What first attracted you to the field of astrobiology?
The fact that the origin of life can be explained by chemistry. I first learned this at the age of 13, when I read Oparin’s brochure on the origins of life. Oparin explained how biologically relevant chemicals can be made prebiotically, and how they could be organized into coacervates.
How did your training at the NASA Specialized Center of Research and Training shape your career?
It was my dream come true. I was able to learn about astrobiology from top experts, Leslie Orgel and Stanley Miller, do research with them, and attend numerous seminars and lectures in the field. This training provided a solid astrobiology foundation for me, and I have continued astrobiology research ever since.
What have been the biggest developments in astrobiology in the last 15 years?
First, the developments in the RNA World concept, which show over and over again, with more and more evidence, the capabilities of RNA to act as an enzyme and a primitive replicator. Second, prebiotic synthesis advancing to include numerous new concepts and paradigm shifts. Third, space exploration has advanced tremendously. We now know so much more about Mars and the other planets and bodies in our Solar System, and have made major discoveries of exo-planets.
How have your books addressed these developments?
These developments are covered in various chapters of the Handbook of Astrobiology, and my previous book Astrobiology: An Evolutionary Science. I have chosen authors who could provide top expertise and comprehensive views.
What do you want your audience to take away from the Handbook of Astrobiology?
The most important message is that the Handbook is comprehensive, since it covers numerous areas of astrobiology which have been intensely studied. These include the above-mentioned areas of RNA and RNA world, prebiotic chemistry, space exploration, and much more. “Much more” is essential, since astrobiology is an interdisciplinary field. The Handbook covers diverse topics such as defining life, astrobiology education, the nature of life, philosophical aspects of the origin of life, chemicals in the universe and their delivery on the early Earth, geology and the atmosphere on the early Earth, compartmentalization into coacervates and protocells, the universal tree of life, early primitive life on Earth, fossils of ancient microorganisms, biomarkers and the detection of life, life under extreme conditions, microbes in space, habitability, the search for intelligent life in space, exo-planets, Solar System exploration, search for extra-terrestrial life in our Solar System, and planetary protection, among others. No stone was left unturned in covering the important topics of astrobiology!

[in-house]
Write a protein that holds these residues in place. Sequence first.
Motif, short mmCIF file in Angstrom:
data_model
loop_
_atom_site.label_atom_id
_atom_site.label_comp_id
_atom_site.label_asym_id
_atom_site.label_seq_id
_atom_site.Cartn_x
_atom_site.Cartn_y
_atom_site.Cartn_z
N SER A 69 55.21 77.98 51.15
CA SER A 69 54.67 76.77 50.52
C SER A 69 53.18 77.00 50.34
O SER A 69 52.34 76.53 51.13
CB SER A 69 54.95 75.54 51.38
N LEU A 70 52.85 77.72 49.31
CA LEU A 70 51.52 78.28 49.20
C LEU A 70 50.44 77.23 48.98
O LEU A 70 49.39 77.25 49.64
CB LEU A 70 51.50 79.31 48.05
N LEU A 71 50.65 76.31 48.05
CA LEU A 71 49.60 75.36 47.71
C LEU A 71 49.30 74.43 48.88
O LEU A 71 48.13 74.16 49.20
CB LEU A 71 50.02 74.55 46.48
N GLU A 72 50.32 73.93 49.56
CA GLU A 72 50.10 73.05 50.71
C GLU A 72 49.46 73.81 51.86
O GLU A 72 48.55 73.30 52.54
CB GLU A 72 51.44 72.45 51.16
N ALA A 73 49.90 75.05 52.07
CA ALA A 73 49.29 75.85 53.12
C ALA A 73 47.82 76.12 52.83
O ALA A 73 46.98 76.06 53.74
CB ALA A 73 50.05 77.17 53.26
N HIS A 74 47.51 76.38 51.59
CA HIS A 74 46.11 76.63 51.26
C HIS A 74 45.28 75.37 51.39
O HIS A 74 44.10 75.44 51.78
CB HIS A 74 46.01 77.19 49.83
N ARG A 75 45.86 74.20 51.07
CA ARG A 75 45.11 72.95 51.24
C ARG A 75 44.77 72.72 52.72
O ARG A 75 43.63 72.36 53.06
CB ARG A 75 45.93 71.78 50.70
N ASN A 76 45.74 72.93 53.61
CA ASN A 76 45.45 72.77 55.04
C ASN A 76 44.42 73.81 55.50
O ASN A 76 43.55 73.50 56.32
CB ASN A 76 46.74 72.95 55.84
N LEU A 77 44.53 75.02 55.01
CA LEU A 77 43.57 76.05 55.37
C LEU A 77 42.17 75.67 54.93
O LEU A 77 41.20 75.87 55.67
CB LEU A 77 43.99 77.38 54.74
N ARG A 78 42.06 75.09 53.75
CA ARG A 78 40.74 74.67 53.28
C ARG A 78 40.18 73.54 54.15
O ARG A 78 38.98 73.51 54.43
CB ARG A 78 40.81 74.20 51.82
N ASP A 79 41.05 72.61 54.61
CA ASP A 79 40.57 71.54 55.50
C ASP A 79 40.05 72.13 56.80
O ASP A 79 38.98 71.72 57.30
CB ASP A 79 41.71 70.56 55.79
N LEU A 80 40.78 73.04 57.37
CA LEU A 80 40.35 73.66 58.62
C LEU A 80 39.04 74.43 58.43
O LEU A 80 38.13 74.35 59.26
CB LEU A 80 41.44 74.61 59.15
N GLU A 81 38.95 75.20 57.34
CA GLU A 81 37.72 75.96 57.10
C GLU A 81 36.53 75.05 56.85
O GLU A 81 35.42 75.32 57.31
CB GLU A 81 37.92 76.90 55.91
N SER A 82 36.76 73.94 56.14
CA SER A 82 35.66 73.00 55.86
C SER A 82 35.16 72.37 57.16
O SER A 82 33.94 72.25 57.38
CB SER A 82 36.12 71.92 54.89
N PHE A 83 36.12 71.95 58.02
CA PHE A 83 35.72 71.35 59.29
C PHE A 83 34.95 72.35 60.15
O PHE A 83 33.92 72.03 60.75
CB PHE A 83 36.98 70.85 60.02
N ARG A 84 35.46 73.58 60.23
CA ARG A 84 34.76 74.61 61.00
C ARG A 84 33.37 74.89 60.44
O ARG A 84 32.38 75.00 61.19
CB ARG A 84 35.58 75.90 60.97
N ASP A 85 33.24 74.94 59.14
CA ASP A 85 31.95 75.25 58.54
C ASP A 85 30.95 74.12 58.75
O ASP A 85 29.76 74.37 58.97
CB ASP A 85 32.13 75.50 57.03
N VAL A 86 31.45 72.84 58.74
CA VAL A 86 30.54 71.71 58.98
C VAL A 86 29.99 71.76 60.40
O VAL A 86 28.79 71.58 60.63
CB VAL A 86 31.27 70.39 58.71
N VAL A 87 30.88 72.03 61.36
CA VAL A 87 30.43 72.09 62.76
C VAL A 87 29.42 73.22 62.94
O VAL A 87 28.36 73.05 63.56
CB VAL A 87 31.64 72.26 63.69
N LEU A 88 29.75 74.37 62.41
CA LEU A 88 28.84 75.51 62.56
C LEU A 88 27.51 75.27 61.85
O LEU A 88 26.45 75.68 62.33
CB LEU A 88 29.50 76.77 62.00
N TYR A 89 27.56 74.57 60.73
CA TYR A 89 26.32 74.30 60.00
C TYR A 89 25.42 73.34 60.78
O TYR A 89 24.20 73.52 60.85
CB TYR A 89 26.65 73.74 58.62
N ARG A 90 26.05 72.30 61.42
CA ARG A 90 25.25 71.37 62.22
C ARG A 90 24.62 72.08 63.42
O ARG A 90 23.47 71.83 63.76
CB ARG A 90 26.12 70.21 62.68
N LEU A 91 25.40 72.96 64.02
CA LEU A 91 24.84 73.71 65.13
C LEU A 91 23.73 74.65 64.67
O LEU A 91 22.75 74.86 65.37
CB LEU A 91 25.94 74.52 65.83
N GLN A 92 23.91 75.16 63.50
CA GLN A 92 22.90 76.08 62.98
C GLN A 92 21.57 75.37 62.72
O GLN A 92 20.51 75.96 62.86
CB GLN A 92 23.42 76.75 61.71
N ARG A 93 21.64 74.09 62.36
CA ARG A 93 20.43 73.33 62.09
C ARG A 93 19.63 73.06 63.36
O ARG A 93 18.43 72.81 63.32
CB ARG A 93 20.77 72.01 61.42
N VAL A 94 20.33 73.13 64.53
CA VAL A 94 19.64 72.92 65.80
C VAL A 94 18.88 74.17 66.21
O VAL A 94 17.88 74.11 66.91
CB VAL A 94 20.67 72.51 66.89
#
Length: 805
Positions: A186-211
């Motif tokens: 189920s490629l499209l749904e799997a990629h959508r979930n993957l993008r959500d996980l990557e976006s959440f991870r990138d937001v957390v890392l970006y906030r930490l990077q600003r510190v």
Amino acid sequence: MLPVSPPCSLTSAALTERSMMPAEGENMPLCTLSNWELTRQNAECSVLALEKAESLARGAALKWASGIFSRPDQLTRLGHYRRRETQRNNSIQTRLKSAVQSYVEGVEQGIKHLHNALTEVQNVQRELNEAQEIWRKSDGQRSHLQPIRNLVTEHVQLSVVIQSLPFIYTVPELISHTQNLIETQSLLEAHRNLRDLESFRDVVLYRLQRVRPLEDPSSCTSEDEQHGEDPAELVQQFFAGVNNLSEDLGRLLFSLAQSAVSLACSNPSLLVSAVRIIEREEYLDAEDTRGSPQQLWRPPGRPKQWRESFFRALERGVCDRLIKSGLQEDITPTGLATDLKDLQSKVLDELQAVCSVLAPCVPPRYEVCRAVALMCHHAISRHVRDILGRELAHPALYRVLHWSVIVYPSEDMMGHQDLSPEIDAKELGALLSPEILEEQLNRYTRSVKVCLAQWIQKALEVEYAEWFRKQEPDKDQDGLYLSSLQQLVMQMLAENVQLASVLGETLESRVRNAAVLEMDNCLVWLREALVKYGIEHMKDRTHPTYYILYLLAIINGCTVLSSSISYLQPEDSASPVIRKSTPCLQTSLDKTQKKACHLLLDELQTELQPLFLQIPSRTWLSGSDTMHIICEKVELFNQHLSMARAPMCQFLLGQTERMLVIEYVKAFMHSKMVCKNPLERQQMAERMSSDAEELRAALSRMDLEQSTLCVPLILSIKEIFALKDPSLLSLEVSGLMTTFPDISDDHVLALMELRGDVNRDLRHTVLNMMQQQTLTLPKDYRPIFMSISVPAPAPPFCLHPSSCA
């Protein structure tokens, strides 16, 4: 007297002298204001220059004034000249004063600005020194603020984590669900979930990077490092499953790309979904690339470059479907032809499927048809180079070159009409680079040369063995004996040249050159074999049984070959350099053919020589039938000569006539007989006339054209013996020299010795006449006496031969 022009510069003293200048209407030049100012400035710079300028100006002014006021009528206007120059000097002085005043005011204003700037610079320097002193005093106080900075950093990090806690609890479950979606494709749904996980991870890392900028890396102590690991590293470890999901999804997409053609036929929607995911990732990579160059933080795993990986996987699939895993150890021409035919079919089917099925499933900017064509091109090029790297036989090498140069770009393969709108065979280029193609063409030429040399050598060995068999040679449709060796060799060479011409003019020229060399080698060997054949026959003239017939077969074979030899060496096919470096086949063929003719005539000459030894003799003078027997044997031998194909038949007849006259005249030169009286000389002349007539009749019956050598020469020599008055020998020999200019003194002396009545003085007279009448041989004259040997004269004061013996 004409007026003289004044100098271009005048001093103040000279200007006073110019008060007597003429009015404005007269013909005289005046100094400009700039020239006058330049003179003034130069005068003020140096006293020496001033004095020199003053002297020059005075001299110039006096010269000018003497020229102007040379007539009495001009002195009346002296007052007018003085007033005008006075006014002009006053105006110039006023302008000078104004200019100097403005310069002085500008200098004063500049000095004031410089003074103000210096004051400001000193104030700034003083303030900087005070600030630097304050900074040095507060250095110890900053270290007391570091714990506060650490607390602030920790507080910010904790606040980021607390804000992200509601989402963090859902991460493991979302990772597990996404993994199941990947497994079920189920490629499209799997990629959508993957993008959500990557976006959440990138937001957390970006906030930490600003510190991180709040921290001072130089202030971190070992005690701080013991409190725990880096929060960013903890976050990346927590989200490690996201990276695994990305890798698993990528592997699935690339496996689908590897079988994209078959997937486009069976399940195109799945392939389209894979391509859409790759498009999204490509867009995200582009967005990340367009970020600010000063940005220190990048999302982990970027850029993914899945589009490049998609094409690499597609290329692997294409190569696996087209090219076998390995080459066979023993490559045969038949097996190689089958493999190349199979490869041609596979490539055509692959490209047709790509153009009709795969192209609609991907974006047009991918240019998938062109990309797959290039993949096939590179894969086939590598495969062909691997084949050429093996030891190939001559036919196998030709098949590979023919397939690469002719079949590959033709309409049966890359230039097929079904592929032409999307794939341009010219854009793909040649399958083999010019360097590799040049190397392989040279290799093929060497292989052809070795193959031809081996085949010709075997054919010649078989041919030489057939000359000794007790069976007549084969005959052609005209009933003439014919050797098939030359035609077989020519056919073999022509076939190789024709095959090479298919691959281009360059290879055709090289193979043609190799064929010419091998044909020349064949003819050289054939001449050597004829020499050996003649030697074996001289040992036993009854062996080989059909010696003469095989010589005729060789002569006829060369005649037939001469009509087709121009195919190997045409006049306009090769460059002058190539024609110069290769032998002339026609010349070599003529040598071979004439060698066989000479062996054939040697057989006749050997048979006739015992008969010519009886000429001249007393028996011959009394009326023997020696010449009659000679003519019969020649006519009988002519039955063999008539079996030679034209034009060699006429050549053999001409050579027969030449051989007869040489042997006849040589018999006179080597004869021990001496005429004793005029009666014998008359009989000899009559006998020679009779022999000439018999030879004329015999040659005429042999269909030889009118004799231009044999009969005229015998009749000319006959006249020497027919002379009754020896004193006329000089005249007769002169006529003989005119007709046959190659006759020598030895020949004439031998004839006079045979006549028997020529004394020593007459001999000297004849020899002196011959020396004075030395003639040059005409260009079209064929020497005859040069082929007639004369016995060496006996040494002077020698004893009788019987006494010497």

What do you predict will be the major changes/discoveries in astrobiology in the next 50 years?
The planetary exploration of Mars and other planets in our Solar System will reveal a lot about their specific planetary geology and habitability. The search for life on Mars and elsewhere in our Solar System will continue. Primitive forms of life may be found, especially on Mars. Prebiotic synthesis is advancing, and so we may be able to understand better how the first primitive life emerged. Synthetic life from the simple biological molecules may be created.
What do you see yourself doing in ten years' time?
Continue participating in the astrobiology field as best as I can. This would mean more research, more conferences, and more publications.
Who has influenced you the most in your career?
Oparin, the father of prebiotic chemistry, whose brochure on the origin of life sparked my interest in chemistry. I feel that I have fulfilled my life dream to contribute to the question of the origins of life, and it all started with Oparin. He gave me his dream and I carried it further.
What advice would you give to an aspiring researcher in your field?
Understand first that astrobiology is an interdisciplinary field, and thus learn as much as you can about the subject. In the laboratory you will need to produce high quality research data, but must be able to interpret them in astrobiological context. Go to as many conferences and seminars as you can. Focus and take copious notes.
Understand that science is a house made of bricks that individual scientists lay. Be proud of your brick. It will be your scientific legacy.
What do you feel has been a career highlight?
Actually, the production of this Handbook. I feel that I have poured in it all my astrobiology might. I worked like crazy to make it happen and to make it happen fast, so that the chapters are all up to date. When I first held the big, heavy, thick Handbook in my hands, I was so proud that I was able to do it.
What is the last book you read for non-academic enjoyment?
“The Essays” by Francis Bacon.